Carrot Cake Cream-Filled Cookies

My memories of Easter as a kid are mostly of feeling sick at 7 am from eating way too much sugar way too fast (but enjoying every bite) and easter egg hunts.

When I was really young, I was obsessed with making sure the Easter egg hunt was completely fair, making sure by big sister didn’t find any more eggs than me.  We had to count.

When I got a bit older, I would find the eggs, take out the candy and stash it in my basket, then turn  the tradition around and hide the eggs for my parents.  Looking back it’s kinda mean to make them hunt for empty eggs.

The last Easter egg hunt I remember completely broke all tradition.  This time I hid the eggs and then helped my horse find them.  They were filled with apple flavored horse treats he could sniff out.  The tricky part was getting the egg out of his mouth, open, and giving him the treat before he cracked it with his teeth.

I love carrot cake, but I never really associated it with Easter as a child.  As a child I had no interest in cake on a holiday when I am already free to stuff myself with lots of sugar-covered marshmallows, egg-shaped chocolates, or an oversized edible bunny, ears first.  But it’s important to eat your vegetables on such an otherwise sugar-laden holiday.

Just like with the Easter egg hunts, I’m breaking tradition a little here.  I made a cookie instead of cake, and put the frosting in the middle instead of on top.  The flavors are all there though, and you don’t even need a fork.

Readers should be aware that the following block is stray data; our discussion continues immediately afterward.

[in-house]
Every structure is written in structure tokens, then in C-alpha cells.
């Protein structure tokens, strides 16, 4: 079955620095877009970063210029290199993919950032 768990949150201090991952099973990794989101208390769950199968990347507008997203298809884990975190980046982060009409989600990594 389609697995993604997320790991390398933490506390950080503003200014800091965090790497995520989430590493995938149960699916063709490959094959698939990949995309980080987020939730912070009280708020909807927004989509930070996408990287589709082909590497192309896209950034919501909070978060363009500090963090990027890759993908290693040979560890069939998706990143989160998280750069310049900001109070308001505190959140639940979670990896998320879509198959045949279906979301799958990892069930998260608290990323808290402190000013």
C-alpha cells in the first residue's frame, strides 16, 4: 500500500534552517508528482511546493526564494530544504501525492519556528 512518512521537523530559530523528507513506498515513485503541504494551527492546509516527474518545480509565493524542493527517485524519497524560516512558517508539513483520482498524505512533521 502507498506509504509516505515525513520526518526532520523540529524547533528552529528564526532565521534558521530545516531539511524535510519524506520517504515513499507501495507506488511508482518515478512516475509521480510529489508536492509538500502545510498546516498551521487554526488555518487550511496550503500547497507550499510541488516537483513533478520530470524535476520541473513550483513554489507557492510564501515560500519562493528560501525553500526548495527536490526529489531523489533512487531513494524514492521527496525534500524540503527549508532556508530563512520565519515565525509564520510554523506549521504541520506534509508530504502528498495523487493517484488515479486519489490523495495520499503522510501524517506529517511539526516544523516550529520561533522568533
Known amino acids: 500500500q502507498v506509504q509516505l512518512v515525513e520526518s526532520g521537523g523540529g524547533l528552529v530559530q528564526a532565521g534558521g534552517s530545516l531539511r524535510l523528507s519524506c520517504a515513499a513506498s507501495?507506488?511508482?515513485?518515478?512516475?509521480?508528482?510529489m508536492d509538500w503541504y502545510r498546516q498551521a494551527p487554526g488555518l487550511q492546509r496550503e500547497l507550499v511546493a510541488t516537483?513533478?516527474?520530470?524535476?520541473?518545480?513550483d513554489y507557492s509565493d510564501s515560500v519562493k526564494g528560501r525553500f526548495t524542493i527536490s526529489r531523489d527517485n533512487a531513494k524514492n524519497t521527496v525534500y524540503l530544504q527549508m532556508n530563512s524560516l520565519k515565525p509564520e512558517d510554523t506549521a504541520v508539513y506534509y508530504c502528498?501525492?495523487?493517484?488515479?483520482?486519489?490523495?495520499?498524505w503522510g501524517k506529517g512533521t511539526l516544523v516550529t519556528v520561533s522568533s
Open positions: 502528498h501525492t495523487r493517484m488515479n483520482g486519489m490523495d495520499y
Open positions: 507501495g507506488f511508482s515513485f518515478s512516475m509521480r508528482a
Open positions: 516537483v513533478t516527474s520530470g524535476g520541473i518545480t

Carrot Cake Cream-Filled Cookies

Makes 6

Cookie

1/2 cup raw buckwheat groats

1/2 cup unsweetened shredded coconut

1 cup finely chopped/shredded carrots

1/2 cup raisins soaked for at least an hour

1 TBSP coconut nectar (or liquid sweetener of choice)

1 tsp cinnamon

  1. Grind the buckwheat and coconut in a dry blender until it forms a flour.
  2. Process the carrots and raisins in a food processor until there are no large chunks left.
  3. Add the buckwheat-coconut flour, coconut nectar, salt, and cinnamon to the food processor, and process until it forms a ball.  It should be quite wet.
  4. Roll out the dough in between 2 sheets of wax paper until it is about 1/4 inch thick.
  5. Cut out 12 circles using a cookie cutter or a jar or a cup or whatever you can find.
  6. Place 6 of the circles on the dehydrator tray, and set the other 6 aside (these will be the top layers).

Cream

1 can full fat coconut milk

2 TBSP coconut sugar

1/4 tsp vanilla bean powder

1 tsp lemon juice

  1. Place the can of coconut milk in the fridge overnight to separate.
  2. Scoop the cream off the top of the can into a bowl, and beat it with the whisk attachment of an electric mixer.
  3. Add the rest of the ingredients and continuing beating until everything is mixed together and it is nice and fluffy.
  4. Place in the fridge for an hour or 2 to firm up.

To make the cookies:

  1. Scoop about 1/2 TBSP of chilled cream onto each of the 6 cookie bases.
  2. With the other 6 cookie rounds, cover the cream and press the edges together to seal the top cookie to the bottom.  It helps to flatten the edges of the top cookie a little beforehand so it is slightly larger than the bottom cookie, but the center is still nice and thick.
  3. Dehydrate the cookies on a lined tray for about 2 hours at 115 degrees.  Or you can bake them in the oven for 30 minutes at 200 degrees with the door cracked open.
  4. Even though it will be tempting, do not bite into the warm cookies unless you want a mess.  The cream becomes very liquidy when it’s warm, so it will go everywhere.  Put the cookies back in the fridge to chill so the cream solidifies again.  If they have been in the fridge for a while, you may want to let them sit out for 5 minutes before eating so the cream softens a little.  It’s a balancing act.

Happy Easter!

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